Gabriel's Redemption, you may remember, was one of the two titles that won my twitter contest a while back. I picked this self-published title at random from the 100 followers I had and agreed to review it. Honestly, it couldn't have gone better.
Blurb (Amazon): North American Federation Navy Commander Evan Gabriel was dishonorably discharged after a disastrous mission on a far off world called Eden. He's spent the last five years hiding from his past, from those responsible for the failed mission, from those responsible for running him out of the Navy, and from those originally responsible for making him into who he was - a highly-trained, physically and mentally augmented Special Forces soldier.
From the decaying Caribbean to politically-charged South America, from the back alleys of Mars to a tiny colony on a planet six hundred light years from Earth, Gabriel's Redemption is a near-future military science fiction story of a personal journey seen from the perspective of a soldier who has lost everything -- one who desperately needs to redeem himself not only in his government's eyes, but also his own.
Interstellar action and political intrigue mix with one-on-one battles on the surface of a frozen planet in Book One of the science fiction-adventure trilogy.
Now, I'm going to come clean about something, and I don't want anyone mocking me too badly. I don't read Sci-Fi. I know, I know. I really need to get started, and I am slowly getting there. Fantasy has always been my baby, but I'm trying to change that. So I started into Gabriel's Redemption expecting...nothing, really. I've had terrible luck with self-pubbed titles in the past, and I'm horribly under-read when it comes to Sci-Fi. However, I left Gabriel's Redemption with a newfound belief that there are authors out there self publishing that are worth reading, which might surprise some folks out there.
Evan Gabriel was easy to like as a character. He's got that Danny Glover "gettin' too old for this shit" vibe going for him. A hard man that had something terrible happen in his past, he's getting thrown back into the action all of a sudden, and it's no surprise that not everything it what it seems. The other characters weren't quite as well rounded, particularly Sabra and Lamber, which led to a little disappointment on my end when things took a twist about 50% of the way through the book.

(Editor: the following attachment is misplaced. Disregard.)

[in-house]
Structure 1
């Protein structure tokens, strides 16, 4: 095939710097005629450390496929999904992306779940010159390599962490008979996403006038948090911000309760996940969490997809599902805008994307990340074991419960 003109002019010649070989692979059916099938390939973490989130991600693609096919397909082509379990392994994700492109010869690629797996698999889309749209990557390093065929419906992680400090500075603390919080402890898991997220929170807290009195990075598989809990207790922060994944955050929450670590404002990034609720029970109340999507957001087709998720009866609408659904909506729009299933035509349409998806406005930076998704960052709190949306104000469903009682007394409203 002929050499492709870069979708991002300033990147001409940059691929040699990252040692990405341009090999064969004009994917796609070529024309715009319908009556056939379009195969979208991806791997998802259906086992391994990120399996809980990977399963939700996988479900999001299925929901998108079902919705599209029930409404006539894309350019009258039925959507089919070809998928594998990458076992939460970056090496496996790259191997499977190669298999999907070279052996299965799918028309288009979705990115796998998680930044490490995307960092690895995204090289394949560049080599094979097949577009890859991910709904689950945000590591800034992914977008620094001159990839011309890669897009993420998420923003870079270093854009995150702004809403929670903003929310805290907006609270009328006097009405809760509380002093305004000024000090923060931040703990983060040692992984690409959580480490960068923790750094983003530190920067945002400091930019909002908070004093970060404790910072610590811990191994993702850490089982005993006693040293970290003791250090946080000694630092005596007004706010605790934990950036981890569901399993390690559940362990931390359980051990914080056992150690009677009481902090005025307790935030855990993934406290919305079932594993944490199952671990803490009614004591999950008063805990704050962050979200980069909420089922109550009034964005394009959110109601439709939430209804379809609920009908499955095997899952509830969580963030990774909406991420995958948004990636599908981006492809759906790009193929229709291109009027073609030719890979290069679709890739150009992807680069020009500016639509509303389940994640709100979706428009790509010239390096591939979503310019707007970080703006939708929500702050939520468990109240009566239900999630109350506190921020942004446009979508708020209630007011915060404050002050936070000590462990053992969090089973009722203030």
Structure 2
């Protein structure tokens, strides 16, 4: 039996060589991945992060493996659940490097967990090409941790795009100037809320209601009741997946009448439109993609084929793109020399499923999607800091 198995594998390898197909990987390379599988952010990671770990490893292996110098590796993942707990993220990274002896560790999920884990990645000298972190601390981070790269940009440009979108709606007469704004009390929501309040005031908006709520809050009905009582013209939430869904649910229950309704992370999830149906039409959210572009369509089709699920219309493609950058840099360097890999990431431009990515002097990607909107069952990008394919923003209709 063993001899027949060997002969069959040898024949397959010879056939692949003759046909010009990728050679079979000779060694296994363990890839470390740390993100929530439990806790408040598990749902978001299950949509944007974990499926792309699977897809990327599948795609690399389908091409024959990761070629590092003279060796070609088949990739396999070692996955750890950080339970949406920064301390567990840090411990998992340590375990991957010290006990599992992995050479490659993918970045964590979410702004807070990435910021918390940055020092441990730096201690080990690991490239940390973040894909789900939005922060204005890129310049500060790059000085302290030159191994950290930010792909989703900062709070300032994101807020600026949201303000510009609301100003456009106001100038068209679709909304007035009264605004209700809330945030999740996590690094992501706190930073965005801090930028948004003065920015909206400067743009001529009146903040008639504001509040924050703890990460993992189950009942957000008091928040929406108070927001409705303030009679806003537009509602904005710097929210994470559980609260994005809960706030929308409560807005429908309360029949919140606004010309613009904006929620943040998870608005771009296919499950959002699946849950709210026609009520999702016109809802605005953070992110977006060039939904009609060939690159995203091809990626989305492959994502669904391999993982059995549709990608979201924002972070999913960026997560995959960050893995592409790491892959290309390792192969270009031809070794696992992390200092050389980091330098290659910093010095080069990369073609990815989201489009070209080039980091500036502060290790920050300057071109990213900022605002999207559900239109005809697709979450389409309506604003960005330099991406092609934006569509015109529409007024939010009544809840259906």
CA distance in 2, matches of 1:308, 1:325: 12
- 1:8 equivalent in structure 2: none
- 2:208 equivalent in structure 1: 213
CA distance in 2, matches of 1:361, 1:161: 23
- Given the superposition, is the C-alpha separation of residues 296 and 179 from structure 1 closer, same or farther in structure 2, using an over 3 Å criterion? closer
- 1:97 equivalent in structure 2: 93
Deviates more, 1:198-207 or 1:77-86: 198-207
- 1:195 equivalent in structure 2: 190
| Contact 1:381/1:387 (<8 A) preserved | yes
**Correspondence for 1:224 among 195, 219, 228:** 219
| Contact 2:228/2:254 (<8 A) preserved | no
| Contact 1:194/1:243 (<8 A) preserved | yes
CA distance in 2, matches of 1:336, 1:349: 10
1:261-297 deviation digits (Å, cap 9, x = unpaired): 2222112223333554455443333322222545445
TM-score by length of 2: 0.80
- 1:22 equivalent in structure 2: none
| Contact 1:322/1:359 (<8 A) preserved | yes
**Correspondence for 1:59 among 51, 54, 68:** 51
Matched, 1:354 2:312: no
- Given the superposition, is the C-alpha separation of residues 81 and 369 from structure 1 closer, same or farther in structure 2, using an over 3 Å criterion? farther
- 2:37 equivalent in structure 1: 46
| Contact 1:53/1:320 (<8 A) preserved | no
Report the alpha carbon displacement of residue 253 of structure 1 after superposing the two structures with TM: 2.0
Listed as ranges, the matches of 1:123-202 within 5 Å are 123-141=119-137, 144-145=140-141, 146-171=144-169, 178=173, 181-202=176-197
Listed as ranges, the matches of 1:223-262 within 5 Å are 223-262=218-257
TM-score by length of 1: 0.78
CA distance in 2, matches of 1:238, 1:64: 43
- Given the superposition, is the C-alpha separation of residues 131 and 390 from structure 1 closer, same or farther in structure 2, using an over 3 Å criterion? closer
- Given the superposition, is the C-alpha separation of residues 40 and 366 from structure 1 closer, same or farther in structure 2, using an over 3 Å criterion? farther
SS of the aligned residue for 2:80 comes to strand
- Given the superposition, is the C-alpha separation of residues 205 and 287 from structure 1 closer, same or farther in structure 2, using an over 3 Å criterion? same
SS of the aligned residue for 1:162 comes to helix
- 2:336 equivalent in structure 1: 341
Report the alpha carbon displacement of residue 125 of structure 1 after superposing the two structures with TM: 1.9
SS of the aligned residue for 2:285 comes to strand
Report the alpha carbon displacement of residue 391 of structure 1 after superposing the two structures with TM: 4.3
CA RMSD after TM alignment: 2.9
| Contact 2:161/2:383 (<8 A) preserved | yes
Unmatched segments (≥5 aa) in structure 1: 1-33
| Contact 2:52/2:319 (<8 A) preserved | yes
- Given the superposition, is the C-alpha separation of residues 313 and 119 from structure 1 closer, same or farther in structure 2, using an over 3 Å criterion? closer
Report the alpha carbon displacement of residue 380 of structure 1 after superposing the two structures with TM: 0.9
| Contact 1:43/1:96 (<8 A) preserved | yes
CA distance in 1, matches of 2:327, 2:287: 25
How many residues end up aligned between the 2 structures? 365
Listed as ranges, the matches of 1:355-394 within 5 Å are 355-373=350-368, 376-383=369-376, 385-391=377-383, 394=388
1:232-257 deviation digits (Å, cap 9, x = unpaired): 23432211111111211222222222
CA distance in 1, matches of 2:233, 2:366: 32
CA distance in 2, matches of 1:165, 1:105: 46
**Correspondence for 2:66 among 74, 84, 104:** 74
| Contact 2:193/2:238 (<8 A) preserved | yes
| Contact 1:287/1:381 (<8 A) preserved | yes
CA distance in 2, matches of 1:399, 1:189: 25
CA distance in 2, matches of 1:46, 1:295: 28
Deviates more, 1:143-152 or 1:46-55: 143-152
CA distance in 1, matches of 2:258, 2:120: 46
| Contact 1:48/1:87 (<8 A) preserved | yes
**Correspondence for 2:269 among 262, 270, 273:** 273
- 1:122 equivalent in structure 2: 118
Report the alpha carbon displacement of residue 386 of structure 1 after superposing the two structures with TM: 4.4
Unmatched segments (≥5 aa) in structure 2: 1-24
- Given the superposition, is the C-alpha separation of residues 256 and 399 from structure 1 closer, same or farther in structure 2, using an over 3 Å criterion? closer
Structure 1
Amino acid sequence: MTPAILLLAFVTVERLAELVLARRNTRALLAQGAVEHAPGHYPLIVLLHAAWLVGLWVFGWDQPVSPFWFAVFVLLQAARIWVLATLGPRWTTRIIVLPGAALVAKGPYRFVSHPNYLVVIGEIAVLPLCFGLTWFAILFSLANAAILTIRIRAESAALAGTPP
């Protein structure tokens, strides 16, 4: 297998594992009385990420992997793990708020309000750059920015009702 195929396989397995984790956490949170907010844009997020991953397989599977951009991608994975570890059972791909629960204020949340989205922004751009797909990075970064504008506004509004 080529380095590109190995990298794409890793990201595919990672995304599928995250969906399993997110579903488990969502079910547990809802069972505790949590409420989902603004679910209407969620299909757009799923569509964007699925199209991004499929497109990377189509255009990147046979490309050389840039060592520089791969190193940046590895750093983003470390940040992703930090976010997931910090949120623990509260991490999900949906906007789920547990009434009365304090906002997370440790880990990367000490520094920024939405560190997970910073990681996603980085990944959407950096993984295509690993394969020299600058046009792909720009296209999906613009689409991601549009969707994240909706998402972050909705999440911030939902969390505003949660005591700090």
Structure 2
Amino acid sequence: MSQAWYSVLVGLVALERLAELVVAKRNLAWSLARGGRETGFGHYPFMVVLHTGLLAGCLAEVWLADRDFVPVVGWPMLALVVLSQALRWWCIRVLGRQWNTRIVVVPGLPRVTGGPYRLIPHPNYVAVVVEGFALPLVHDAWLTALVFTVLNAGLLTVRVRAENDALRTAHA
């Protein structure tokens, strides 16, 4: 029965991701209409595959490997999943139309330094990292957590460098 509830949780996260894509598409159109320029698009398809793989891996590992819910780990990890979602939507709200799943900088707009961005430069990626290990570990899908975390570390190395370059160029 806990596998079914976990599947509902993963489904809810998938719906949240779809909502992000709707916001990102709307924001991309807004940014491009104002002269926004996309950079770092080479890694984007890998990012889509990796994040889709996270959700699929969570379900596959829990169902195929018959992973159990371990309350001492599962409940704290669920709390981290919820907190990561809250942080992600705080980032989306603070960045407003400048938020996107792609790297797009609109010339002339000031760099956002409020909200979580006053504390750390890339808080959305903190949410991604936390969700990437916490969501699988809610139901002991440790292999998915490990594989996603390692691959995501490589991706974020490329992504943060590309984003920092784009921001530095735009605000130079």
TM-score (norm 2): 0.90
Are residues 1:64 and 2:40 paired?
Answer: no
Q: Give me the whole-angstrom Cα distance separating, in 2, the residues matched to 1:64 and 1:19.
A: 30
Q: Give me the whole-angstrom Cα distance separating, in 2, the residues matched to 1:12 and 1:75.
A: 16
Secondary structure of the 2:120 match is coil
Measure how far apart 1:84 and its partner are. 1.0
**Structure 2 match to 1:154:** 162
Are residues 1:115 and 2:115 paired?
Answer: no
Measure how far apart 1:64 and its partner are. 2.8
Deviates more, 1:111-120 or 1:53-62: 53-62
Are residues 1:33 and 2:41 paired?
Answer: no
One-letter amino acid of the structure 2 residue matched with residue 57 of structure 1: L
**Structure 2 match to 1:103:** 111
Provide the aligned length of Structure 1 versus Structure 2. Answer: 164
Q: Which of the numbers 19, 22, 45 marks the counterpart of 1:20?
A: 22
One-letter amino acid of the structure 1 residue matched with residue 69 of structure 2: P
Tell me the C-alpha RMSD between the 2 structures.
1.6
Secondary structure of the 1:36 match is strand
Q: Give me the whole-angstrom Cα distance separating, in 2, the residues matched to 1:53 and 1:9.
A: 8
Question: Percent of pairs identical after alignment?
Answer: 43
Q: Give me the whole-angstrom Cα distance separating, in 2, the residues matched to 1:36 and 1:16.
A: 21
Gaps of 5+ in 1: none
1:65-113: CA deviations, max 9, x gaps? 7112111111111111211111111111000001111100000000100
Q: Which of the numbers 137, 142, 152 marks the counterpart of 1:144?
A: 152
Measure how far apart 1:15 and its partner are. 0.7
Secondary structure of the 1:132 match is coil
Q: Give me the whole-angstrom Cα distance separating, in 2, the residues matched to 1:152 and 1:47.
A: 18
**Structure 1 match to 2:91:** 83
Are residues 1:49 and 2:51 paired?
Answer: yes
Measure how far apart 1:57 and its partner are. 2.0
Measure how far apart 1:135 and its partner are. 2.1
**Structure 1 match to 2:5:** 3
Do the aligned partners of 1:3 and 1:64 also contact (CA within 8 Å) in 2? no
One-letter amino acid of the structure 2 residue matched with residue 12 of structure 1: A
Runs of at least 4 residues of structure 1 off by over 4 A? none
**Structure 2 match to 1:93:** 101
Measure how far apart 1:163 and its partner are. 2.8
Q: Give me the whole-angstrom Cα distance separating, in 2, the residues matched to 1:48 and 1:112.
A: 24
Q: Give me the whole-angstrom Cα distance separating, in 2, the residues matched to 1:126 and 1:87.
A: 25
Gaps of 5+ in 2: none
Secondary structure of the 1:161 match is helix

I kept turning pages, and not just because I had promised a stranger on the internet that I would. I actually enjoyed the book. Sci-Fi has a different feel than fantasy, and as someone who hasn't read a lot of it, it was interesting to get a feel for the pacing and description, which seem somewhat different than fantasy. If I had to point out any major flaw in the book, it would be that things seemed to take too long to get going. I was reading on the Kindle, so I don't have a page count, but I think i was over 50% of the way through the book before our protagonist got into a scuffle with our antagonist. The stuff leading up to it was interesting enough for me, but for someone that's more well-read in Sci-Fi, it might not have held their attention as easily.
The book felt somewhat predictable, but once the pace got moving it was easy to just keep turning pages and enjoying the whole experience. Umstead's got a career ahead of him, and he's already got books 2 and 3 in this trilogy published for a good price, so it just might be something I'll come back to in the future. I won't declare that this is the greatest Sci-Fi epic of all time, but it was a fun read, with an enjoyable protagonist that had an almost James Bond feel to him (especially by the end of the first book).
- The Fun Factor: This felt like a summer read of a classic-style Sci-Fi.
- Umstead's action scenes. He can write them pretty darned well.
- The idea of extracting pituitary glands from Ewoks and making drugs out of them (that's how I imagined it prior to meeting the aliens on the distant planet).
- The slow start. While I kept turning pages (which is a testament to his writing) others might be turned off by the long setup to the action of the book.
More than anything, I came away from this with the knowledge that there ARE good writers out there doing self-publishing, and that Steve Umstead is probably toward the head of the pack. It's a light, fun read, but that doesn't mean there's no talent there. Also, you can tell that his book is actually pretty worthwhile just by looking at Amazon. Unlike all of the other people who have 20 5 star reviews, 3 four star reviews and nothing else, Umstead actually has people who AREN'T his mother reading and reviewing his book, which means 3 stars are present and have meaningful reviews. Good luck, Steve! You impressed me and made me a believer in the self-pub industry to a degree. I was expecting another novel that fell apart halfway through, but yours got considerably better with each page. 7.75/10.